August 14, 2015
HOUSTON – Aug. 14, 2015 – The Rothko Chapel recently invited the public to its closing concert of the Summer Sounds on the Plaza series, which commemorates the 10th anniversaries of Hurricanes Katrina and Rita by featuring music that originated in Louisiana.
Creole legend Ed Poullard took the stage on Thursday, Aug. 13, and the crowd enjoyed the sounds of accordion and fiddle from blankets out on the Chapel’s plaza.
“We wanted to honor the culture of Louisiana, knowing the great loss the state suffered during the hurricanes,” program director Michelle Ashton said. “In the process, we were able to showcase the cultural influence Louisiana music has on the Houston music scene.”
Bringing unique events, talented artists and first class speakers to Houston – and hosting thought-provoking and inspiring programs – are part of the primary goals of the Rothko Chapel.
Past programs have featured leaders, heroes, artists, musicians, scientists and scholars from all over the world including Amiri Baraka, President Jimmy Carter, the Dalai Lama, Nelson Mandela, Brice Marden, Rigoberta Menchú, Raimon Panikkar, Nelofer Pazira, Steve Reich, Jonas Salk, Amartya Sen and Susan Sontag.
The upcoming events promise to be equally thought-provoking.
At 7 p.m. on Tuesday, Sept. 1, the Rothko Chapel will host “A Tale of Two Cities: From the Superdome to the Astrodome” a discussion led by Sylvia Brooks, former executive director of the Houston Urban League, Omawale Luthuli Allen, a well known and respected human rights activist, and Texas State Representative Harold Dutton, a distinguished representative of Houston. The talk will be moderated by Dr. Mtangulizi Sanyika, a New Orleanian community leader and former professor at Dillard University and TSU. Each speaker played a significant role in receiving and servicing evacuees from New Orleans in Houston. A reception follows the program.
The Chapel hosts “12 Moments: Experiencing Spiritual Faith Traditions” at noon on Wednesday, Sept. 2.
Free Day of Yoga Houston will include the Chapel in its offerings, presented in partnership with the Texas Yoga Association. The practice begins at 8 a.m. on Monday, Sept. 7.
A Twilight Meditation is slated for 6 p.m. on Tuesday, Sept. 15, led by Joseph Newland, a long-time meditator who has sat with teachers in various traditions and is a representative of the Sufi Order International.
At the end of September, the Chapel will kick off its celebration of the 2015 Óscar Romero Awards with a film screening of “Resistencia: The Fight for the Aguan Valley” and discussion, all planned in honor of the International Day of Peace.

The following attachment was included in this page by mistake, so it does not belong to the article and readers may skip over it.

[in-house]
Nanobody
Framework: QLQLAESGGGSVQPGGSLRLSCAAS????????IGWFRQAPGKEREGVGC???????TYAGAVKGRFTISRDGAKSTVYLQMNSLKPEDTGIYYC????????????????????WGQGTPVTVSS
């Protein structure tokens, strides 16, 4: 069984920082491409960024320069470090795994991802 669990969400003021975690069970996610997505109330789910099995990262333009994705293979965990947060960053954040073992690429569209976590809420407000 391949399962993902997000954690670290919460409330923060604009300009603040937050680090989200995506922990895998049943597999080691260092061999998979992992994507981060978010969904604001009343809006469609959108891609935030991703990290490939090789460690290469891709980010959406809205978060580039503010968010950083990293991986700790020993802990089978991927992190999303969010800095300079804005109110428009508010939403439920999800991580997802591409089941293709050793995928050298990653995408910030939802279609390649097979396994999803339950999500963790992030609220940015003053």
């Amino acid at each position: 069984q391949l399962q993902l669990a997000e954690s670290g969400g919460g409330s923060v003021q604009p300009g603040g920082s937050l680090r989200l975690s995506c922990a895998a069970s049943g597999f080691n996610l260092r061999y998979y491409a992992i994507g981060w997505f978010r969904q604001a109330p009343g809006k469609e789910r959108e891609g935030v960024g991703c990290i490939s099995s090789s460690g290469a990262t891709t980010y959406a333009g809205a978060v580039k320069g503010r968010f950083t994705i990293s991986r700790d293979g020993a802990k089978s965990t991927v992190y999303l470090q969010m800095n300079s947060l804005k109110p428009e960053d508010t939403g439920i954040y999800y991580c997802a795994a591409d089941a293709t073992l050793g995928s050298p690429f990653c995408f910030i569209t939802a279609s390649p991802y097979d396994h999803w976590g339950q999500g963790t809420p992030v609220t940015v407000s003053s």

The film explores the current economic and political situation in Honduras in the
aftermath of the 2009 coup, the continued disenfranchisement of poor peasant farmers, and the dispossession on the Caribbean coast. Dr. Christopher Loperena will share his firsthand account of the coup and host a discussion after the screening.
“We have a number of amazing, upcoming events,” Ashton said. “And every day of the year, the Chapel is open to visitors who want to meditate and reflect -- and to see the amazing paintings by Mark Rothko and view Barnett Newman’s powerful sculpture ‘Broken Obelisk.’”
In its 40 years, the Chapel has achieved recognition as one of the greatest artistic achievements of the second half of the 20th century. In 2001 the Chapel was listed in the National Register of Historic Places. The Chapel regularly makes top ten lists of places to visit and is a featured entry in National Geographic’s “Sacred Places of a Lifetime: 500 of the World’s Most Peaceful and Powerful Destinations,” published in 2009.
For more information about the Rothko Chapel and the full calendar of upcoming programs, workshops and events, visit rothkochapel.org or call 713-524-9839.
About the Rothko Chapel
The Rothko Chapel is open to the public every day of the year at no charge and successfully interconnects art, spirituality and compassionate action through a broad array of free public programs. Founded by Houston philanthropists Dominique and John de Menil, the Chapel was dedicated in 1971 as an intimate sanctuary. Today it stands as a monument to art, spirituality and human rights. As an independent non-profit, non-governmental organization, the Chapel depends on contributions from foundations and individuals to support its mission of creating a space for contemplation and dialogue on important issues.